Robocars

The future of computer-driven cars and deliverbots

The peril in automatic cars

I hinted last week I would write about a peril from and to automatic cars, or actually any drive-by-wire cars.

That peril is they become highly useful terrorist weapons. Today terrorists get kamikazis to drive ordinary cars to attack targets and checkpoints. It will be easy to modify a drive-by-wire car (including the self-parking cars already on the market) to be controlled by the cheap remote controls found on toy cars and planes today, and easy to mount a wireless camera (X10, the terrorist's tool!) as well.

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The next market for automatic cars

I seem to be thinking a lot about the future of automatic cars these days. Already we're seeing cars in Japan that can park themselves in a tight parallel parking spot, and this leads me to think that the next market for the technology, after the basic automatic highway, won't be the city street but the parking lot.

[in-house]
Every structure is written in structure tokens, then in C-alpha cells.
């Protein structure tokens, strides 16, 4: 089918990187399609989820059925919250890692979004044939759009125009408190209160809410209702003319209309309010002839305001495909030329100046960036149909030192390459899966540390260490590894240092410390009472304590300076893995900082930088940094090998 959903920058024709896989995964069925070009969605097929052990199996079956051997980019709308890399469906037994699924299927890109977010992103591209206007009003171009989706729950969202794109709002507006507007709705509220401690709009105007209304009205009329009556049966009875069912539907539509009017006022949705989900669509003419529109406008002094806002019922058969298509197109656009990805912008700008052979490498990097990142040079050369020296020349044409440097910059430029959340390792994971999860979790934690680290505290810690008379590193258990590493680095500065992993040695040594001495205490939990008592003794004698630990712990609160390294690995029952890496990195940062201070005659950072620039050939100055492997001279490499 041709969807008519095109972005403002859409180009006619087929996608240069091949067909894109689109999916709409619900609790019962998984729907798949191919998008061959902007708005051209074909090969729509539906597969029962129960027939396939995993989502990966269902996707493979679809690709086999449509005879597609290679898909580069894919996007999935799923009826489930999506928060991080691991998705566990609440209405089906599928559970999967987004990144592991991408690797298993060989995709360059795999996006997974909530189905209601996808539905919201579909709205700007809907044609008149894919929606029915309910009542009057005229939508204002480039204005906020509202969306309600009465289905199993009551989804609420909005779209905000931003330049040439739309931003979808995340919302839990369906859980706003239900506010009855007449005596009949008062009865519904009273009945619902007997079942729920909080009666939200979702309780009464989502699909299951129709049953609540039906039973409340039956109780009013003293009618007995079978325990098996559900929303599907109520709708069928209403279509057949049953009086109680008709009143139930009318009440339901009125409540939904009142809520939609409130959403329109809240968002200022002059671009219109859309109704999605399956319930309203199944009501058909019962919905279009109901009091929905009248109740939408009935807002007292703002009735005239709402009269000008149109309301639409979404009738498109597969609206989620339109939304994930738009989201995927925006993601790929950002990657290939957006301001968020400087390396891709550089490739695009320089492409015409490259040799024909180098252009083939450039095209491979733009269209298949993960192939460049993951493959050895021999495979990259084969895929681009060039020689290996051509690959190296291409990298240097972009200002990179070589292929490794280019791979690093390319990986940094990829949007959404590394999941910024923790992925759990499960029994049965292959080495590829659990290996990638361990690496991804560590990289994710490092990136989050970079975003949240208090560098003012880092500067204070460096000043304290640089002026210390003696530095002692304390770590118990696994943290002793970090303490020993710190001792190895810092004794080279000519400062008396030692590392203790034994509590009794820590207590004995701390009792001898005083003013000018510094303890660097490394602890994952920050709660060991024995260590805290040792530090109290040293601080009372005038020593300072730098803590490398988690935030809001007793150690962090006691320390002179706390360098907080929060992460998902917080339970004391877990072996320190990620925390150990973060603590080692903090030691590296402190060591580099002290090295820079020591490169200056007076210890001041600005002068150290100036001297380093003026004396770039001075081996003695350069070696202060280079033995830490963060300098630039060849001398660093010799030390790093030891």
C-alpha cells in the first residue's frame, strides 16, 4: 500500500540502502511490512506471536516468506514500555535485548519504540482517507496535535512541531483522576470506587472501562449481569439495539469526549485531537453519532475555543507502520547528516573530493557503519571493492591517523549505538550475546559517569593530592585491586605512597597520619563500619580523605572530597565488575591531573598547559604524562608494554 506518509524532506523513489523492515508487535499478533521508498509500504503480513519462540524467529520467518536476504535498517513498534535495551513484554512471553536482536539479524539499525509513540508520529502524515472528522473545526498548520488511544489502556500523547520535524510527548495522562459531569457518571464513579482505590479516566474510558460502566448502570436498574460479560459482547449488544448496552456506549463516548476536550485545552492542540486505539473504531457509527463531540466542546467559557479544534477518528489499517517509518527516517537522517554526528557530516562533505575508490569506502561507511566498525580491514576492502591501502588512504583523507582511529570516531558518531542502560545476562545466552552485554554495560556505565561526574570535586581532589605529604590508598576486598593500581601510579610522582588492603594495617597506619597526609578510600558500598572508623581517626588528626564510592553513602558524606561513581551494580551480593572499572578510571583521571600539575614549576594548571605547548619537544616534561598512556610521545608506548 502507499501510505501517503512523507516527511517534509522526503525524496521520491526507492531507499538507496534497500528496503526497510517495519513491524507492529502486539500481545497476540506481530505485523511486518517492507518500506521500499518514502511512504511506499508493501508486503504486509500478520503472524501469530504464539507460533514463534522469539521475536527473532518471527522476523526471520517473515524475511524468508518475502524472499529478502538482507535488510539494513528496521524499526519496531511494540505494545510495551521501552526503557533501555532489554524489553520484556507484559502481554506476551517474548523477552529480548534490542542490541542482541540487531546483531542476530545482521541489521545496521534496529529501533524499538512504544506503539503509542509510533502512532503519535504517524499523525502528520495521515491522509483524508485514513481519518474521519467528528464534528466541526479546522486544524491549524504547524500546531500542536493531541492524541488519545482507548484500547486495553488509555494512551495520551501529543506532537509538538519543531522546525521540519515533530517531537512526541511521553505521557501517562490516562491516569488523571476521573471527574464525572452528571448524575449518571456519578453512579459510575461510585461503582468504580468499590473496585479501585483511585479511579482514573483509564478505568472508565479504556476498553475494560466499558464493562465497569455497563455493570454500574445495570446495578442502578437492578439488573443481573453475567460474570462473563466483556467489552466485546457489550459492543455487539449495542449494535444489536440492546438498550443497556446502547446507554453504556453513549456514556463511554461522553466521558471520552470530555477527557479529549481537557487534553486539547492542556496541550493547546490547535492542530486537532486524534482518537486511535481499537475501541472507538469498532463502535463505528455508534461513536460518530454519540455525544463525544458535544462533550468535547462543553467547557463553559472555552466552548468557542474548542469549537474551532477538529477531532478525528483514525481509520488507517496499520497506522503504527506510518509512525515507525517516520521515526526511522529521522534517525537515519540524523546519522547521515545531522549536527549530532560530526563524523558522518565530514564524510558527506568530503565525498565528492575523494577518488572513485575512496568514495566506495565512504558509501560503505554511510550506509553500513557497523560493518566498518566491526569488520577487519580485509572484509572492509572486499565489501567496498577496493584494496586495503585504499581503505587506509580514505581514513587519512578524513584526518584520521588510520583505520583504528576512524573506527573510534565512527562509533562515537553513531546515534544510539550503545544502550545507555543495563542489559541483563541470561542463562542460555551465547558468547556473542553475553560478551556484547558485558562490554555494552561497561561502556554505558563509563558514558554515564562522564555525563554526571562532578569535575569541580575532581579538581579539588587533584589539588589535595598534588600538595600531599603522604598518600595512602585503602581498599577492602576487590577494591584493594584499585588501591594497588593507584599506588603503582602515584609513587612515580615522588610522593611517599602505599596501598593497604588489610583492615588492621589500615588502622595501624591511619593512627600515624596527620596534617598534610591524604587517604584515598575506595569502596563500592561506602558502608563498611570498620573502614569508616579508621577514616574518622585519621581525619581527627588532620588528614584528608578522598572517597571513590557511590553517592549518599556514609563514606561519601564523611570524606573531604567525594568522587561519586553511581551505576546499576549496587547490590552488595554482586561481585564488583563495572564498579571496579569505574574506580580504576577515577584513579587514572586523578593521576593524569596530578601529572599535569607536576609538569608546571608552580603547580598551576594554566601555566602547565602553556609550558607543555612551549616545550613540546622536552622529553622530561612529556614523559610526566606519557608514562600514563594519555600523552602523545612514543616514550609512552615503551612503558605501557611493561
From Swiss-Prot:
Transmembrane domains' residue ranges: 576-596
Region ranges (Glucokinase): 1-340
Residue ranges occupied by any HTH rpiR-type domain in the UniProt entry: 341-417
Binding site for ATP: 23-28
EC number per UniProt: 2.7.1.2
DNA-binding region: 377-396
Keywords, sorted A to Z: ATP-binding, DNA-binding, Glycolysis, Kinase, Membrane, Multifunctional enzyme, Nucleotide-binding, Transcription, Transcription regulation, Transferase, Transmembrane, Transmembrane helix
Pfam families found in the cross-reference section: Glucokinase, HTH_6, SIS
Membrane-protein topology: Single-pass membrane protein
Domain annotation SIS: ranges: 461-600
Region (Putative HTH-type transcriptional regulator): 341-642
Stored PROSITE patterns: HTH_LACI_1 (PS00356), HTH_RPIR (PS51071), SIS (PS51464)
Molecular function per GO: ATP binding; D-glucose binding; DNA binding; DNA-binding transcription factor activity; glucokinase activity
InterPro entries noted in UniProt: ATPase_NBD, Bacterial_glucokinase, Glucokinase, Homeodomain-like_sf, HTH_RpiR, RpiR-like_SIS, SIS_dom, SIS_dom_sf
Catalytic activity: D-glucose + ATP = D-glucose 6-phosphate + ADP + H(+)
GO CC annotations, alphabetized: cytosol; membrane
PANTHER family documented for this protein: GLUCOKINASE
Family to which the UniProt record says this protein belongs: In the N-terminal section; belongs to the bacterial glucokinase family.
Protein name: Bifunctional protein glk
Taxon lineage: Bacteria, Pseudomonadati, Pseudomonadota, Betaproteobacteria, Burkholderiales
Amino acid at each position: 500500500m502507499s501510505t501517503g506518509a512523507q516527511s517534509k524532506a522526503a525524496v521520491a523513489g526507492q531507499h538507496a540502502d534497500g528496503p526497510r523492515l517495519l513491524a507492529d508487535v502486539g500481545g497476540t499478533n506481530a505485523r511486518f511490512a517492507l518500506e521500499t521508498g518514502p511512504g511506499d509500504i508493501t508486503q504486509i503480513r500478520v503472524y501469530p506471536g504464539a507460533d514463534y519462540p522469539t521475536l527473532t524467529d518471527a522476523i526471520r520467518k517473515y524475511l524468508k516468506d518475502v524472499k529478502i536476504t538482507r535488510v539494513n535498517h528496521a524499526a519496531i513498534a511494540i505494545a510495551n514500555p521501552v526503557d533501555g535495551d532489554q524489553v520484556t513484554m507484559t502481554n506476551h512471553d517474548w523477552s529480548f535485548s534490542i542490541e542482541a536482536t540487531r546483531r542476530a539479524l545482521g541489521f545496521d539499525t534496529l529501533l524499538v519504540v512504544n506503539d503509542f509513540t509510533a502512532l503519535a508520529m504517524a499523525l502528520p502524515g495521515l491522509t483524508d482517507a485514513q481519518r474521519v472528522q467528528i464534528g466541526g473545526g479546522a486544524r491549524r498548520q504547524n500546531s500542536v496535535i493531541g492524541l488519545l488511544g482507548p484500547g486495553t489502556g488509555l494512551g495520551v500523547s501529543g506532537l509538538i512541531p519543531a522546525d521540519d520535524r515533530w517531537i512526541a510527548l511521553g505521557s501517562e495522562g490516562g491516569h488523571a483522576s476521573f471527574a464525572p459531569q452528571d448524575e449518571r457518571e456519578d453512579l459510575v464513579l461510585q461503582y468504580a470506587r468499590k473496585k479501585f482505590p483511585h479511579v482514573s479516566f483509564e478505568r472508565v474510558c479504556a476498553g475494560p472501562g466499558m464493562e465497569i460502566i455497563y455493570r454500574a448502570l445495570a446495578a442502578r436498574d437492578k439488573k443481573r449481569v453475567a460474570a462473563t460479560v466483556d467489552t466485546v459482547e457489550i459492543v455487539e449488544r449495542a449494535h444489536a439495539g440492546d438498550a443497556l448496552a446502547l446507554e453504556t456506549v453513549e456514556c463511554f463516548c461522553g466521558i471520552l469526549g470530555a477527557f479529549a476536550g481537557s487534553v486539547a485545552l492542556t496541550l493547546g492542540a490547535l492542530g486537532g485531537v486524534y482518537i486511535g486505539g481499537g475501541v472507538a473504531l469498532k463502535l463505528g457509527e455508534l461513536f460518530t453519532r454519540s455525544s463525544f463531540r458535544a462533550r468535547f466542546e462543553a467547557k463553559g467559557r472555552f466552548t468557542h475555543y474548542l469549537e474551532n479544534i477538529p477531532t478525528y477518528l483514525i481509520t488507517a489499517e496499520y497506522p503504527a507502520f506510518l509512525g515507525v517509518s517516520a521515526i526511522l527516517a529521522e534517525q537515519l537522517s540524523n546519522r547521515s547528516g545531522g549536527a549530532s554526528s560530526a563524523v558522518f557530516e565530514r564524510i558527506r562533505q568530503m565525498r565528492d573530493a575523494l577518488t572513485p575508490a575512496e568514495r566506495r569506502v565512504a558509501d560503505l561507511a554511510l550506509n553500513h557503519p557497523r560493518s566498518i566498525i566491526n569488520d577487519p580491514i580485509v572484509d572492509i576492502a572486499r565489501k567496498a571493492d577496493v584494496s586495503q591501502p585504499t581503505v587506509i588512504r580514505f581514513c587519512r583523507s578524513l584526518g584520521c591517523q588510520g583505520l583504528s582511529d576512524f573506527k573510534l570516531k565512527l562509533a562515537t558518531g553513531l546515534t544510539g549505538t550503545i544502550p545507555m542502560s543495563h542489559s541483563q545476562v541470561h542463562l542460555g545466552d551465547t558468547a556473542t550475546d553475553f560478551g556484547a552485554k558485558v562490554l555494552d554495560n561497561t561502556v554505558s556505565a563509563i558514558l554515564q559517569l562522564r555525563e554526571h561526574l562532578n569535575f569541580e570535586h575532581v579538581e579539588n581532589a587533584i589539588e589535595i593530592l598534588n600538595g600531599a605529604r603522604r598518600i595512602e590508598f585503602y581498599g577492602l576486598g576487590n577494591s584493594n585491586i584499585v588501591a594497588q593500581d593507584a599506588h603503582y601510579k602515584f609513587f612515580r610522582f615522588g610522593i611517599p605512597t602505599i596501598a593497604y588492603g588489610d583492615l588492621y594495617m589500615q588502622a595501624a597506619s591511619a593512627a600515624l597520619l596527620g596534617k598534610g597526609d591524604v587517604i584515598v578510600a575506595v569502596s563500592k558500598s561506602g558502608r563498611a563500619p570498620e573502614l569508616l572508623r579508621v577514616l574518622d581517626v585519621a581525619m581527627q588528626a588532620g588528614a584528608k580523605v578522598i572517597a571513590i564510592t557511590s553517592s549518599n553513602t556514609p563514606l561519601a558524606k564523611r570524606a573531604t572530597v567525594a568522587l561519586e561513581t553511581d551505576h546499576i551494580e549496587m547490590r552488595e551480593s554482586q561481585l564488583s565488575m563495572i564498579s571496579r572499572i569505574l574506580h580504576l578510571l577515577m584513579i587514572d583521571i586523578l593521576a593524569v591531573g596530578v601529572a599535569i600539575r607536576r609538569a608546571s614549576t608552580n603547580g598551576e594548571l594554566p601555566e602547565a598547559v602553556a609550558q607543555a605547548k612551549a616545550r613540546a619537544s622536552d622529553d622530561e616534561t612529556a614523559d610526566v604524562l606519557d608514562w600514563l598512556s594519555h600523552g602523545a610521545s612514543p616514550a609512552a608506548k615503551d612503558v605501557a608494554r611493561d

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Why don't oil companies develop automatic cars

I'll be writing more in the future on ideas for auto-drive cars (both plus and minus) but let me start by asking the question of why the oil companies haven't jumped up to foot the bill for the development of automatic cars and highways?

It seems a big win for them. Given the availability of a car that would drive itself on the freeway and perhaps a few major roads, people would be much more willing to tolerate longer commutes, and that seems a win if you sell gasoline. A multi-billion dollar win.

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